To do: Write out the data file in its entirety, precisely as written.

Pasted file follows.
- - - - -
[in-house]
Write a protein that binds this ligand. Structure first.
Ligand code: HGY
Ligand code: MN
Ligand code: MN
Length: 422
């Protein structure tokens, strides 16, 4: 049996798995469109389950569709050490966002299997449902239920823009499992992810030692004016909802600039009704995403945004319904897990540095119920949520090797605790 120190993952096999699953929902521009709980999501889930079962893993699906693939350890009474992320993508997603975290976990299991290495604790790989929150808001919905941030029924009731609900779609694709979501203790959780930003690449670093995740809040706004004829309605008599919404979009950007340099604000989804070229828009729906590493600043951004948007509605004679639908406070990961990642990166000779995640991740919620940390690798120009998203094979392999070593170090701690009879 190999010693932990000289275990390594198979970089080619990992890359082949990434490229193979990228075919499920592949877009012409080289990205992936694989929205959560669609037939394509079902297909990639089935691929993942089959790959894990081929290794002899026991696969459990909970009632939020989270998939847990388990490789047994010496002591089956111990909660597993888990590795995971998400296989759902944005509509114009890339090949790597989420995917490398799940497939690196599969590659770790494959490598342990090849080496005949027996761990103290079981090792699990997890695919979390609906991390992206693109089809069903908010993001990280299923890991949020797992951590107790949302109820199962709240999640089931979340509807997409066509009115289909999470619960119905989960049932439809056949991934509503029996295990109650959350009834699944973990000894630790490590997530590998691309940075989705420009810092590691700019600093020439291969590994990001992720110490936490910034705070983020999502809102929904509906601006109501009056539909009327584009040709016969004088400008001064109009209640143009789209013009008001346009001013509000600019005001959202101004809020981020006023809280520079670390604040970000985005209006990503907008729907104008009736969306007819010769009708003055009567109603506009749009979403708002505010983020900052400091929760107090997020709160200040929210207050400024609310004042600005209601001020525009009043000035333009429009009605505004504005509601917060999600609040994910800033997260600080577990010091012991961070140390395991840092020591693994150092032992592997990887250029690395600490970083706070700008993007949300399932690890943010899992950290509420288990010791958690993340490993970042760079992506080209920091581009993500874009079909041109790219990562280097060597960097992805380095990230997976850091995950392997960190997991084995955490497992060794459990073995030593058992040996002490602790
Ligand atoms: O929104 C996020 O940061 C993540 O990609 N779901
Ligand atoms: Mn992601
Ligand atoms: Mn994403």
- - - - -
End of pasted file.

[in-house]
Write a protein that binds this ligand. Structure first.
Ligand code: HGY
Ligand code: MN
Ligand code: MN
Length: 422
């Protein structure tokens, strides 16, 4: 049996798995469109389950569709050490966002299997449902239920823009499992992810030692004016909802600039009704995403945004319904897990540095119920949520090797605790 120190993952096999699953929902521009709980999501889930079962893993699906693939350890009474992320993508997603975290976990299991290495604790790989929150808001919905941030029924009731609900779609694709979501203790959780930003690449670093995740809040706004004829309605008599919404979009950007340099604000989804070229828009729906590493600043951004948007509605004679639908406070990961990642990166000779995640991740919620940390690798120009998203094979392999070593170090701690009879 190999010693932990000289275990390594198979970089080619990992890359082949990434490229193979990228075919499920592949877009012409080289990205992936694989929205959560669609037939394509079902297909990639089935691929993942089959790959894990081929290794002899026991696969459990909970009632939020989270998939847990388990490789047994010496002591089956111990909660597993888990590795995971998400296989759902944005509509114009890339090949790597989420995917490398799940497939690196599969590659770790494959490598342990090849080496005949027996761990103290079981090792699990997890695919979390609906991390992206693109089809069903908010993001990280299923890991949020797992951590107790949302109820199962709240999640089931979340509807997409066509009115289909999470619960119905989960049932439809056949991934509503029996295990109650959350009834699944973990000894630790490590997530590998691309940075989705420009810092590691700019600093020439291969590994990001992720110490936490910034705070983020999502809102929904509906601006109501009056539909009327584009040709016969004088400008001064109009209640143009789209013009008001346009001013509000600019005001959202101004809020981020006023809280520079670390604040970000985005209006990503907008729907104008009736969306007819010769009708003055009567109603506009749009979403708002505010983020900052400091929760107090997020709160200040929210207050400024609310004042600005209601001020525009009043000035333009429009009605505004504005509601917060999600609040994910800033997260600080577990010091012991961070140390395991840092020591693994150092032992592997990887250029690395600490970083706070700008993007949300399932690890943010899992950290509420288990010791958690993340490993970042760079992506080209920091581009993500874009079909041109790219990562280097060597960097992805380095990230997976850091995950392997960190997991084995955490497992060794459990073995030593058992040996002490602790
Ligand atoms: O929104 C996020 O940061 C993540 O990609 N779901
Ligand atoms: Mn992601
Ligand atoms: Mn994403």